Accounting System


FreeMoney 1.0 is a GPL-licensed integrated small business double-entry accounting system for Linux using PostgreSQL. To facilitate maximum code reuse, customizability and extensibility, FreeMoney is modularly designed using the object-oriented facilities of Perl5.

FreeMoney 1.0 supports the accounting requirements of both services and resellers with the following business capabilities:

A wide range of selectable user preferences make FreeMoney a suitable accounting choice for many different kinds of businesses in many different countries.

Choice of the widely supported Perl language for development makes FreeMoney an especially attractive choice for the accounting needs of businesses engaged in internet commerce and those who require cross-platform solutions.

FreeMoney 1.0 supports both character-based and X user interfaces. Later releases of FreeMoney will support browser interfaces.


A integrated computerized accounting system is a modular collection of interactive programs that keeps a detailed record of money as it enters, leaves and is retained in a business entity. "Integrated" means that data from one functional module is posted to the other modules so that it only needs to be entered once.

Transactions may enter the system in three ways:

  1. Keyboard entry -- posted by the business owner, bookkeeper or entry clerk

  2. Electronically -- posted by Web stores

  3. Periodically -- posted by the accounting program configured to record periodic and service charges

Transactions are stored in a database file. Information ancillary to money transactions is also stored in database files. The most important of this information is of three types:

  1. Customer records--the Customer File

  2. Vendor records--The Vendor File

  3. Inventory records--The Inventory File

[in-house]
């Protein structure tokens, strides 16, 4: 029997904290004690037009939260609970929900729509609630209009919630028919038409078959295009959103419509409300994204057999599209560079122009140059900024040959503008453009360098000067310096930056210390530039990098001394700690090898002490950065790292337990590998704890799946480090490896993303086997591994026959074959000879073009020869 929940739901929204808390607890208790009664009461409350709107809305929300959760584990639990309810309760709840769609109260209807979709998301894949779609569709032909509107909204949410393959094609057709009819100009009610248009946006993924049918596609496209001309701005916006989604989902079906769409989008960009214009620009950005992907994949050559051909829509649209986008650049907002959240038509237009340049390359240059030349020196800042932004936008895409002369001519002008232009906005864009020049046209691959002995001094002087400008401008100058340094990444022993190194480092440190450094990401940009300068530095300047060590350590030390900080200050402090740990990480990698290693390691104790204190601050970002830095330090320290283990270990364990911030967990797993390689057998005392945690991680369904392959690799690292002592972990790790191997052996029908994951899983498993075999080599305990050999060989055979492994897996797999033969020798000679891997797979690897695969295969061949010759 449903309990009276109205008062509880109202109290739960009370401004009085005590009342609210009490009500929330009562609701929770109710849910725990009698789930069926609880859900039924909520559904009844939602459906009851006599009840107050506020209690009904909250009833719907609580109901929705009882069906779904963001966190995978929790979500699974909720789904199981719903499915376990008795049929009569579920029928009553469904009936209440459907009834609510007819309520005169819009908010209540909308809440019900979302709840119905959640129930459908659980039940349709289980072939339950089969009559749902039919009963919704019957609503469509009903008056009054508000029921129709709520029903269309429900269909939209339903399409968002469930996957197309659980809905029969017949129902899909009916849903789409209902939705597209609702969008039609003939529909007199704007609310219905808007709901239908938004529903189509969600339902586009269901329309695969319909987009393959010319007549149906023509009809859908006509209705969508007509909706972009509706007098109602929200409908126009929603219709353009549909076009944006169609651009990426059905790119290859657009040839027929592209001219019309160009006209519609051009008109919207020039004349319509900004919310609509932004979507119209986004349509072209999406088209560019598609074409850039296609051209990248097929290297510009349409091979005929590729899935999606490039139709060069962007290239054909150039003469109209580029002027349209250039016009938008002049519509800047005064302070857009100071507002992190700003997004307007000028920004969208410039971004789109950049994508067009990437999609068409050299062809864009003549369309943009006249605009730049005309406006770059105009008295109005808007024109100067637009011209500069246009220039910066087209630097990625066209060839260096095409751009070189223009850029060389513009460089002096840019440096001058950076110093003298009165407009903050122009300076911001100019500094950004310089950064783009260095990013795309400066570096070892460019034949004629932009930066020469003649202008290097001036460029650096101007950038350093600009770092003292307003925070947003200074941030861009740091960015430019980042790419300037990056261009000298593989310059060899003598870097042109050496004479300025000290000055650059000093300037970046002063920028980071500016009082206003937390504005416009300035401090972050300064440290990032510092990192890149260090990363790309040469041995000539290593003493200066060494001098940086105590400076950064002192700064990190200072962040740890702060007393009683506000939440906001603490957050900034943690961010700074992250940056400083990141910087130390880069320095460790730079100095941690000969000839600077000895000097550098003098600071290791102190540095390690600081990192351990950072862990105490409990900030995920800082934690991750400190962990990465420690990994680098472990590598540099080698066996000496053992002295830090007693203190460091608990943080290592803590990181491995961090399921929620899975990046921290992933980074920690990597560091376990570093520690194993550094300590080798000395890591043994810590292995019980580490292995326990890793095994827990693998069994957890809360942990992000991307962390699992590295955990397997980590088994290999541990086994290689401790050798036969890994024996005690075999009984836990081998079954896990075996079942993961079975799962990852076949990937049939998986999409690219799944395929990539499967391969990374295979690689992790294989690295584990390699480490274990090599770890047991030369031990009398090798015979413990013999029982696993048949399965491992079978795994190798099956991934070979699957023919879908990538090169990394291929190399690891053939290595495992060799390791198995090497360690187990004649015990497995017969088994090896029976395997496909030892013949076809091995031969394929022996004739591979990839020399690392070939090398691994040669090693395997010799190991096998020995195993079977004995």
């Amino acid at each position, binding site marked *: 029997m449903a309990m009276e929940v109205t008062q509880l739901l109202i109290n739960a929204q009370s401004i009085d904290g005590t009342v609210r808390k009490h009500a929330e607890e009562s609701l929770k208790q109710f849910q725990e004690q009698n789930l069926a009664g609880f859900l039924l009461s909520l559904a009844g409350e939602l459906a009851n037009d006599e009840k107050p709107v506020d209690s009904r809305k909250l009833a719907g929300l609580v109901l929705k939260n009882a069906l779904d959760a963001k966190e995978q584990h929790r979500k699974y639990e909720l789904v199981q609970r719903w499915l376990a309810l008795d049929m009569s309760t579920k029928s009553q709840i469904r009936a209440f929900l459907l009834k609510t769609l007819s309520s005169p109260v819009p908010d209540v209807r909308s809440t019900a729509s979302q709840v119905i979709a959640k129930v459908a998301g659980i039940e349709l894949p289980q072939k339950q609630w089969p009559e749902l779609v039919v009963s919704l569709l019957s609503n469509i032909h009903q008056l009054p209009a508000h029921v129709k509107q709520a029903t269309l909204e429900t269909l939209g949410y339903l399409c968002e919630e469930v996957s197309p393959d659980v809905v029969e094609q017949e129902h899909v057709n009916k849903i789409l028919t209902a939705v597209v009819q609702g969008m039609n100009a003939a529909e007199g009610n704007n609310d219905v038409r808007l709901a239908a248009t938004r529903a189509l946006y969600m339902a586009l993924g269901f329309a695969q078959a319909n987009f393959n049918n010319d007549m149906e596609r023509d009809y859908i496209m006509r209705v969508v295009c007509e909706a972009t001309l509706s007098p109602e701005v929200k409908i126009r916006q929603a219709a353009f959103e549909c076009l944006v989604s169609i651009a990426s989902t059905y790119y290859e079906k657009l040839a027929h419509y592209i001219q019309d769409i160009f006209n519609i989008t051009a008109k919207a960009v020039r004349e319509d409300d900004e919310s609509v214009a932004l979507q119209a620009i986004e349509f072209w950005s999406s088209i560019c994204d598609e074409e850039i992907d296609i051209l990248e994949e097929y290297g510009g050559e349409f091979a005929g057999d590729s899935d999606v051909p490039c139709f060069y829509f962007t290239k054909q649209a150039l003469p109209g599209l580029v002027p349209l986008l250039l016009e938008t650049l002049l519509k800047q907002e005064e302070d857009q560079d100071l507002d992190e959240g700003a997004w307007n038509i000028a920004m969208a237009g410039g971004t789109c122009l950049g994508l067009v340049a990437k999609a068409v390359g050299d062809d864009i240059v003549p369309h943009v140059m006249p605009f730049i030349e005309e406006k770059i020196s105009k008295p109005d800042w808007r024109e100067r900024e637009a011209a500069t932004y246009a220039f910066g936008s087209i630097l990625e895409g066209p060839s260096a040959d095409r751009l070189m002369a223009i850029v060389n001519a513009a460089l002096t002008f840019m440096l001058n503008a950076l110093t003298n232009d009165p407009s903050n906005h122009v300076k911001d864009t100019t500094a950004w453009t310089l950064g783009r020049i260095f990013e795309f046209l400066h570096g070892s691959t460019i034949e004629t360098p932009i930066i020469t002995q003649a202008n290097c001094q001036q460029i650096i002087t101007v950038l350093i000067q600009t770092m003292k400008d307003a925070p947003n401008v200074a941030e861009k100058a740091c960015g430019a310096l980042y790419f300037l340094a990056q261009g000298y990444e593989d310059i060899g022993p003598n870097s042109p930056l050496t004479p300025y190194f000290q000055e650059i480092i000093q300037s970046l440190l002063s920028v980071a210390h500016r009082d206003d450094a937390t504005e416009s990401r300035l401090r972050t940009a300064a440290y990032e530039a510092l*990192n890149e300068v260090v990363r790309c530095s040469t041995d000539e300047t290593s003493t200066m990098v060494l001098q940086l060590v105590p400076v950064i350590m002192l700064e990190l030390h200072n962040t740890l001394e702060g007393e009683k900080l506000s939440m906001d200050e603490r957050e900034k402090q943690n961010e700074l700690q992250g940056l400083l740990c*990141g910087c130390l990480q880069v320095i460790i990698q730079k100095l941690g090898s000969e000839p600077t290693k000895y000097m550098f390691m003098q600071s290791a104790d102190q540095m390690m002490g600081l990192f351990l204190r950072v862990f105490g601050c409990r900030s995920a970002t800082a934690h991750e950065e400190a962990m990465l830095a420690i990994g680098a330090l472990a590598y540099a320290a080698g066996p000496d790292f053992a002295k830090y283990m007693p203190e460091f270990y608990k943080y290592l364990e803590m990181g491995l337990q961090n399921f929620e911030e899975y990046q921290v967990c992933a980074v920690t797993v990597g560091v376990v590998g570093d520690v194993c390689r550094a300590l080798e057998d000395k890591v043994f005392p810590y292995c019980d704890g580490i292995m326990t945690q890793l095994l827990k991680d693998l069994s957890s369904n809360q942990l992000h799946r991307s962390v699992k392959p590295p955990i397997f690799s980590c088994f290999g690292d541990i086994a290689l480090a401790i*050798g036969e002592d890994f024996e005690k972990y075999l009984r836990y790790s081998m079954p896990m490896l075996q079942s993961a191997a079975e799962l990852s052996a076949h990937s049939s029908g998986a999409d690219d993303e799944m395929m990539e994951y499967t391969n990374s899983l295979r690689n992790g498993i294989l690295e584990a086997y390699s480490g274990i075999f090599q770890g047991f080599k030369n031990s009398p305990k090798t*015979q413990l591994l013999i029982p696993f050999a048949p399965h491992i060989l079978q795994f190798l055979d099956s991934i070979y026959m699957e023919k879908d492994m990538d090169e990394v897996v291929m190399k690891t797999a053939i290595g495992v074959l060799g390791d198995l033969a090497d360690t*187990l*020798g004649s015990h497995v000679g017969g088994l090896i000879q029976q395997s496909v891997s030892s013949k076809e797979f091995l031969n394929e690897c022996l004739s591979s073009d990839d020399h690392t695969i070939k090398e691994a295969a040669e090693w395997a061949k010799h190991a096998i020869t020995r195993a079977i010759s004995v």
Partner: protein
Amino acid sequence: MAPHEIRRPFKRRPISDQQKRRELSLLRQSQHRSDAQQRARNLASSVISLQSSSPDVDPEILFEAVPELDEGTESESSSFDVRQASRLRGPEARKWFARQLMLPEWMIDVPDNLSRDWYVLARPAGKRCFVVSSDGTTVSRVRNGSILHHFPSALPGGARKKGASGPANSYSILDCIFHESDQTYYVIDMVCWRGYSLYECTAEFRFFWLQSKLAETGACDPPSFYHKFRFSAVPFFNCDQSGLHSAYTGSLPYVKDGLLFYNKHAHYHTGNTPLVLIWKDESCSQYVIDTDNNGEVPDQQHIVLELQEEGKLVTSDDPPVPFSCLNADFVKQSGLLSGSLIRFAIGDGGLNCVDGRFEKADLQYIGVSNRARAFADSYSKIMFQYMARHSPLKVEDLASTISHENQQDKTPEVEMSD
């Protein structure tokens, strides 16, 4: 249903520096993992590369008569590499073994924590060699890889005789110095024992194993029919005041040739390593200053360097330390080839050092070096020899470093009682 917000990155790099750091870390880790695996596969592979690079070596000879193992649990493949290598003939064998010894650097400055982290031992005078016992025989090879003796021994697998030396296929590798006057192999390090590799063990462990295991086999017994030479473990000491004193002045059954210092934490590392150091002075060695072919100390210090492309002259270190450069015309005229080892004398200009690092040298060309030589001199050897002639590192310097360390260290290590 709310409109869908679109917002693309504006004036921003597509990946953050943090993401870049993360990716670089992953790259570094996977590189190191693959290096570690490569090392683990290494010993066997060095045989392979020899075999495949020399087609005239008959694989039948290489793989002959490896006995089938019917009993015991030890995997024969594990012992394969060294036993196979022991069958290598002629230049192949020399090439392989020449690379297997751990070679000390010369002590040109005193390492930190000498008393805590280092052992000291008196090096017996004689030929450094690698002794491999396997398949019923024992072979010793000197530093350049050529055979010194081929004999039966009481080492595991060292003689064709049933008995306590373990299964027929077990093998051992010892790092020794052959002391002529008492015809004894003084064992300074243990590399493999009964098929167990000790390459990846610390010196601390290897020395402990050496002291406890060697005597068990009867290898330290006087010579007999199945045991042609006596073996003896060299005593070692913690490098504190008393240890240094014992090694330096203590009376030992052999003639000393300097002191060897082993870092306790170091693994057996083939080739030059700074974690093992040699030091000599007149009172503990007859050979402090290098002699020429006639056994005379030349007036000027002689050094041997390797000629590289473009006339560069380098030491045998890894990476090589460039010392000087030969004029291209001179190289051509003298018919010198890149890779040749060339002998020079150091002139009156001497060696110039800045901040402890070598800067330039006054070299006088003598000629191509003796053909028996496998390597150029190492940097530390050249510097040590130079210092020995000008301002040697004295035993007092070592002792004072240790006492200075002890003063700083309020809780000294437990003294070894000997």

The accounting system produces automatically and on request a large variety of reports used for the operation of the business.



The General Ledger is the heart of every accounting system. Every business transaction which has a money value is recorded here either for itself or in summary form.

The general ledger is a database file consisting of a number of records called Accounts. There are two kinds of accounts: Debit Accounts and Credit Accounts. The Chart of Accounts report shows the characteristics of each account in the general ledger. Physically, the Chart of Accounts is just a listing of the records in the general ledger. See Figure 1.

The account records in the general ledger are based on the fundamental equation of accounting, i.e.,


This is the basis for the fundamental report known as the Balance Sheet. See Figure 2.

There are groups of accounts corresponding to each category defined by the fundamental equation of accounting.

Asset Accounts are Debit Accounts into which the wealth of a business is entered.

Liability Accounts are Credit Accounts into which the debts of a business are entered.

Earnings Accounts are Credit Accounts for recording the excess of Assets over Liabilities.

There is another division of the general ledger consisting of three new kinds of accounts defined by the equation:


This is the basis for a second fundamental report known as the Income Statement. See Figure 3.

Revenue Accounts are Credit Accounts into which the money received by a business is entered.

Expense Accounts are Debit Accounts into which the money payed out by a business is entered.

Earnings Accounts are Credit Accounts into which the excess of Revenues over Expenses are entered.

An entry into an account adds to the value already present. Accounts can also receive negative entries. Making an entry is called posting.